Supreme Court sides with Cooper in fight over NC elections board
A divided state Supreme Court ruled Friday that the General Assembly overstepped its authority last year when it overhauled the state elections board.Posted — Updated
"I appreciate the Court's careful consideration. Access to the ballot box is vital to our democratic process, and I will continue to protect fair elections and the right of North Carolinians to vote," Cooper said in a statement.
Senate President Pro Tem Phil Berger called the ruling "breathtakingly partisan" in a series of tweets, noting that lawyers for legislative leaders were still reviewing it.
The positions on the new Board of Elections and Ethics Enforcement have been vacant for months, as Cooper declined to appoint any members until the lawsuit was resolved – a decision backed by the courts. It was unclear Friday when such appointments will be made.
Cooper maintained that an evenly divided board would frequently deadlock on decisions such as the amount of early voting offered and polling sites in various counties. Republican legislative leaders said such deadlocks couldn't be assumed.
Writing for the Supreme Court's Democratic majority, Justice Sam Ervin IV said the General Assembly was well within its rights to set the size of the board and its functions, but lawmakers went beyond that.
"The General Assembly cannot, however ... structure an executive branch commission in such a manner that the Governor is unable, within a reasonable period of time, to 'take care that the laws be faithfully executed' because he or she is required to appoint half of the commission members from a list of nominees consisting of individuals who are, in all likelihood, not supportive of, if not openly opposed to, his or her policy preferences while having limited supervisory control over the agency and circumscribed removal authority over commission members," Ervin wrote.
Chief Justice Mark Martin, in a dissent joined by Justice Barbara Jackson, wrote that the ruling "impermissibly constrains the General Assembly’s constitutional authority to determine the structure of state administrative bodies" by imposing a constitutional requirement that the governor be able to appoint a majority of elections board members from his or her party.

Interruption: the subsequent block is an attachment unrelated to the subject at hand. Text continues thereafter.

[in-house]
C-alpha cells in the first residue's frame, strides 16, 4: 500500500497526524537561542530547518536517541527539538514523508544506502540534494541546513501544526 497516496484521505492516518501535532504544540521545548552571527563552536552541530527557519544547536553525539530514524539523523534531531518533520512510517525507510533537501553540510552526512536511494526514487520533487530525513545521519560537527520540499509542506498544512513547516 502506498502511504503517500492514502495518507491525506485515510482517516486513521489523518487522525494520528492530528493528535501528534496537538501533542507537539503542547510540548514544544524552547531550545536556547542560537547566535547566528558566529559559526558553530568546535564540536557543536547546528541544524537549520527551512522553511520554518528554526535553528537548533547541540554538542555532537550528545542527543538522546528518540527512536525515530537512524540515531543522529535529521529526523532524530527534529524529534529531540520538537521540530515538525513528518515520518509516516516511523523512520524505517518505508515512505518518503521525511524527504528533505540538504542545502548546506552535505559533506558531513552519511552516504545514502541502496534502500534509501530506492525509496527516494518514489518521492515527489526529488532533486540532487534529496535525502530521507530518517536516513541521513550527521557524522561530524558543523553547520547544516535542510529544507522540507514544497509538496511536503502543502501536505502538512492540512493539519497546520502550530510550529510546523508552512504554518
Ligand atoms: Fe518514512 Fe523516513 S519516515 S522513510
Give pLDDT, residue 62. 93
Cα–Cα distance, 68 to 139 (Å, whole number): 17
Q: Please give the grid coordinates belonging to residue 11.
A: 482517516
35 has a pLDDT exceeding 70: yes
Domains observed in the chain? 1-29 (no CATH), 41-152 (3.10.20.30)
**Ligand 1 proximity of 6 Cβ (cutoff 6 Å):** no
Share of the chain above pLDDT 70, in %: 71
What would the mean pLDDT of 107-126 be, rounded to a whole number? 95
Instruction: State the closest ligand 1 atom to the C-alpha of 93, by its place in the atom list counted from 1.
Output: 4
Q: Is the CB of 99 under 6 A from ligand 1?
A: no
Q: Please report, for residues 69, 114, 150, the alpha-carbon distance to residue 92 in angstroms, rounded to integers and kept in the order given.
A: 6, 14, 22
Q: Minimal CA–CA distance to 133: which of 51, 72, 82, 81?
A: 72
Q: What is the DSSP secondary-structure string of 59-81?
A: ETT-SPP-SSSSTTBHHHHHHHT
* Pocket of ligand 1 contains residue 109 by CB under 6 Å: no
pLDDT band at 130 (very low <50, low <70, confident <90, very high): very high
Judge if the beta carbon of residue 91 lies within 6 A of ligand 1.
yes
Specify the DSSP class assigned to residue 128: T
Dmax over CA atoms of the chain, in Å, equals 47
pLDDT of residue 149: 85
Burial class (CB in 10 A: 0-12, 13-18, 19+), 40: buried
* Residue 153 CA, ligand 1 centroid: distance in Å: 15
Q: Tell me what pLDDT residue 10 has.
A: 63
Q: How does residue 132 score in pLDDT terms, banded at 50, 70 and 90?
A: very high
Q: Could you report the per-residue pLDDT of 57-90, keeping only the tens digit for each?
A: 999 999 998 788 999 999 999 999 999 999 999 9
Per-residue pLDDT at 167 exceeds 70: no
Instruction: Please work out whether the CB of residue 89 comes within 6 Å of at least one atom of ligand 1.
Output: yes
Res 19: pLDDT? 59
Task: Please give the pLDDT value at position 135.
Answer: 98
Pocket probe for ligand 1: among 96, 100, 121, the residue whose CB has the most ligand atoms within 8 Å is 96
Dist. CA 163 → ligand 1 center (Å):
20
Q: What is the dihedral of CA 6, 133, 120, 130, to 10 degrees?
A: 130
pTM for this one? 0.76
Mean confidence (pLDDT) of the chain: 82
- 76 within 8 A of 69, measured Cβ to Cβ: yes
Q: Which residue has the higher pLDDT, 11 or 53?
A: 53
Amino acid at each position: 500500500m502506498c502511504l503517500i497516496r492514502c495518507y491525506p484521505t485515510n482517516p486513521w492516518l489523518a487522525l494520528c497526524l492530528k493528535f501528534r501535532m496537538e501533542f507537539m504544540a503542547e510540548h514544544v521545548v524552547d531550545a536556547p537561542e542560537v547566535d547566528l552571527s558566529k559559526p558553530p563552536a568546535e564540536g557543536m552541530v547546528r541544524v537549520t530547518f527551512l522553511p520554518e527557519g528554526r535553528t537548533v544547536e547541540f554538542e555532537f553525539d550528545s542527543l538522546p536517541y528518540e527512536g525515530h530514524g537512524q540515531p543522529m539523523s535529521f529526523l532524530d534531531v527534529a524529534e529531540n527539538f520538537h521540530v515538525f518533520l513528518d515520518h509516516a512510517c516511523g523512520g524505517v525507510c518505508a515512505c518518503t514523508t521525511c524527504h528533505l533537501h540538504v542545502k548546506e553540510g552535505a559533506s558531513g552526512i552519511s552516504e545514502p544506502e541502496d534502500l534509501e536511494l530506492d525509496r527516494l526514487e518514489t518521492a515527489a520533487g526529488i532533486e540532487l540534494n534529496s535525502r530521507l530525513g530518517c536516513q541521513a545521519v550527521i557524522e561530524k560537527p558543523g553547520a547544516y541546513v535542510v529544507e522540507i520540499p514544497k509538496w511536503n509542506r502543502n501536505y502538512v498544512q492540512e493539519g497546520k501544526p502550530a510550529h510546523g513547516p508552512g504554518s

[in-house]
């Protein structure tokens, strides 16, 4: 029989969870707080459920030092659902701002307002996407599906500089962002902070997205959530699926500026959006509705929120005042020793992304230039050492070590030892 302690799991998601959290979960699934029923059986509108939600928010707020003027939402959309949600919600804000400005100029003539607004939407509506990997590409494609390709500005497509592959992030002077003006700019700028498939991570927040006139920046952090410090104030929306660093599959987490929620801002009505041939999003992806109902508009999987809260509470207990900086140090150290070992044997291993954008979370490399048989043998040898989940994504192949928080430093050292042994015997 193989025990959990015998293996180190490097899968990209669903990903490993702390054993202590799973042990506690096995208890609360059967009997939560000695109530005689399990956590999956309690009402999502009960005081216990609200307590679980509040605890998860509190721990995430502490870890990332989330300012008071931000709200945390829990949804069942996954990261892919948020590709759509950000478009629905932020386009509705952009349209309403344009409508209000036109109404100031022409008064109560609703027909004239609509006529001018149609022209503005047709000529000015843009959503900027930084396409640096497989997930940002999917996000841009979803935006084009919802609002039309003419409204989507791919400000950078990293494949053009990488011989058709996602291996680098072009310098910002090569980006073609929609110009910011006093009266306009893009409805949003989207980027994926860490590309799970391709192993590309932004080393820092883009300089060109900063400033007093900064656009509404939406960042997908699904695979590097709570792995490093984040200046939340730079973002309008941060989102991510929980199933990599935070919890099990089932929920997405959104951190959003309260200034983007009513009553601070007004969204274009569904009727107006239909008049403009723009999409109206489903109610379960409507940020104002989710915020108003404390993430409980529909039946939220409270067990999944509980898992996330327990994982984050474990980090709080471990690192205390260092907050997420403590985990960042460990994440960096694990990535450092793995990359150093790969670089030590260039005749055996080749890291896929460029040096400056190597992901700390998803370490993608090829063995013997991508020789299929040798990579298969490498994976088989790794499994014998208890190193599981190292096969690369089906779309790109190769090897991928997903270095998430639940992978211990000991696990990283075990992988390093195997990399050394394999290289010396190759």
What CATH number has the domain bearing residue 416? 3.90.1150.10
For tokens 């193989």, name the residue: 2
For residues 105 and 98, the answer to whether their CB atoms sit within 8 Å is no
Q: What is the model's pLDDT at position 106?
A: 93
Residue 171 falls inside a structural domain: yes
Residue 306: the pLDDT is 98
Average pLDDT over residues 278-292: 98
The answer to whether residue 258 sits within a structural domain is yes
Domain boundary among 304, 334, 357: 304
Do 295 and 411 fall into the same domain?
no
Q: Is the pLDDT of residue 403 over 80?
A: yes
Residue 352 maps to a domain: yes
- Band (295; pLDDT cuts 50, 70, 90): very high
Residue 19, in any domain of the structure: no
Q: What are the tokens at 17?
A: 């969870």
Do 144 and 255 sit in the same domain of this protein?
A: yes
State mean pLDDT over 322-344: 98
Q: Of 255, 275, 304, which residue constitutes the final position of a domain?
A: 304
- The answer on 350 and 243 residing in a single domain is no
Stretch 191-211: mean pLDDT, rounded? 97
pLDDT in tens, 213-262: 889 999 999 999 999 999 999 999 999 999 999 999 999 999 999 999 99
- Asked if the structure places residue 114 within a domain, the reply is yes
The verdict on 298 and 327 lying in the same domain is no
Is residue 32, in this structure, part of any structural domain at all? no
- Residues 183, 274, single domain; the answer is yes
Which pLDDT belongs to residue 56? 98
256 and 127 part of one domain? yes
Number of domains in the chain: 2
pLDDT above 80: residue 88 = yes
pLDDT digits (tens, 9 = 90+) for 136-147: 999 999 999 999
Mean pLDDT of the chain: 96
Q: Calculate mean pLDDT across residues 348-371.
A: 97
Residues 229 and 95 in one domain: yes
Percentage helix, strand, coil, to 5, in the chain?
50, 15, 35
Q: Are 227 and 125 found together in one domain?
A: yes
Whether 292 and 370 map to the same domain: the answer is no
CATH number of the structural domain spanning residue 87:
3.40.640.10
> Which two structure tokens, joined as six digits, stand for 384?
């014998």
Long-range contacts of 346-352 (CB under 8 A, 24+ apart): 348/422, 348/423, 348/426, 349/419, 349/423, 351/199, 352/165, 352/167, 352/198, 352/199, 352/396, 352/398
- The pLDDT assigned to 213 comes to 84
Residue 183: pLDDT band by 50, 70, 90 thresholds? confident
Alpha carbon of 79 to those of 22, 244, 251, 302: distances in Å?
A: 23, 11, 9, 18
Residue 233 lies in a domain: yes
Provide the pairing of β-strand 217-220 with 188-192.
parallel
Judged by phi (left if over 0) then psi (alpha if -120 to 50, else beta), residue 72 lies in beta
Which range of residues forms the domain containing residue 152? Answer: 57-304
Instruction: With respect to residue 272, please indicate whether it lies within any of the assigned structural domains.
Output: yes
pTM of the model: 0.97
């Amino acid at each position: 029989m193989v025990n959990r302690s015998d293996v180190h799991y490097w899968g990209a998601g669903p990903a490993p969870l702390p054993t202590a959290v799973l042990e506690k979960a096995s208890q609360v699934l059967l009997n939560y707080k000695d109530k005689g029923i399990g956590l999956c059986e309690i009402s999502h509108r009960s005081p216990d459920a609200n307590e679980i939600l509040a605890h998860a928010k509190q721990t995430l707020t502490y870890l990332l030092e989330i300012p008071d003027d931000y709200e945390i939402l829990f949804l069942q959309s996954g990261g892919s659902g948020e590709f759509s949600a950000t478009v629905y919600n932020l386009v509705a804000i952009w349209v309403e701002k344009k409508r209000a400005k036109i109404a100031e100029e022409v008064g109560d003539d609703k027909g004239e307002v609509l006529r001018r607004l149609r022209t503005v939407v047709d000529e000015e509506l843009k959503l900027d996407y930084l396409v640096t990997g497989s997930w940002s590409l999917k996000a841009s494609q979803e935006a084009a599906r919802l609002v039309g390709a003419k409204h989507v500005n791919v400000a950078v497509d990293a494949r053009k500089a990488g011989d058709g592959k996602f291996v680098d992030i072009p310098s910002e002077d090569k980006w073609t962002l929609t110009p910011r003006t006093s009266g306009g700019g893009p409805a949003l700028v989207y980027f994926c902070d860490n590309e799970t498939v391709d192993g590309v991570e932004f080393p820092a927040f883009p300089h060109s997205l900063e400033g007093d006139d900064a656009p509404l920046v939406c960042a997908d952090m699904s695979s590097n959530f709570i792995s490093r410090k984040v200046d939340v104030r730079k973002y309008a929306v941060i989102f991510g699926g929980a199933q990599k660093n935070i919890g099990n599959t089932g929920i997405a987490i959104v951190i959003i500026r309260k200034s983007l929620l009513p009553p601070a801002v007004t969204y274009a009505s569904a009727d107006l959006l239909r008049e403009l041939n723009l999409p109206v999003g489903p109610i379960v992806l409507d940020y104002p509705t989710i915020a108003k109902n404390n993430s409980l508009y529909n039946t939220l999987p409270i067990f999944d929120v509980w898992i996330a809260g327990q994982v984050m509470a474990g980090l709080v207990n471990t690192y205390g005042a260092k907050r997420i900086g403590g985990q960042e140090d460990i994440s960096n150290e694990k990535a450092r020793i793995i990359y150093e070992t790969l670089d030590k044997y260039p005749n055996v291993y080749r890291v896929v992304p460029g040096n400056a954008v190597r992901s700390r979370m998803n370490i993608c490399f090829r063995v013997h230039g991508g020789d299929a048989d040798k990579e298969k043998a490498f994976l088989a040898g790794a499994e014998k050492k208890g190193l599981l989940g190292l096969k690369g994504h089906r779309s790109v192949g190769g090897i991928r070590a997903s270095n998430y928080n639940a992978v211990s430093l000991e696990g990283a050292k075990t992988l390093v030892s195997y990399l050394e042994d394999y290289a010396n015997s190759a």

"The structure and makeup of the Board requires members to cooperate in a bipartisan way before taking any official action and encourages neutrality and fairness. But, strangely, the majority opinion constitutionalizes a partisan makeup of the Bipartisan State Board, which threatens to inject political gamesmanship into the implementation of our election and ethics laws and undermines the neutrality inherent in an evenly divided bipartisan composition," Martin wrote.
Justice Paul Newby went further in a separate dissent, agreeing with the three-judge panel that the makeup of the merged board was a political question that the courts shouldn't resolve.
"With today’s sweeping opinion, the majority effectively eliminates the political question doctrine, embroiling the Court in separation-of-powers disputes for years to come," Newby wrote. "The only separation of powers violation in this case is this Court’s encroachment on the express constitutional power of the General Assembly."
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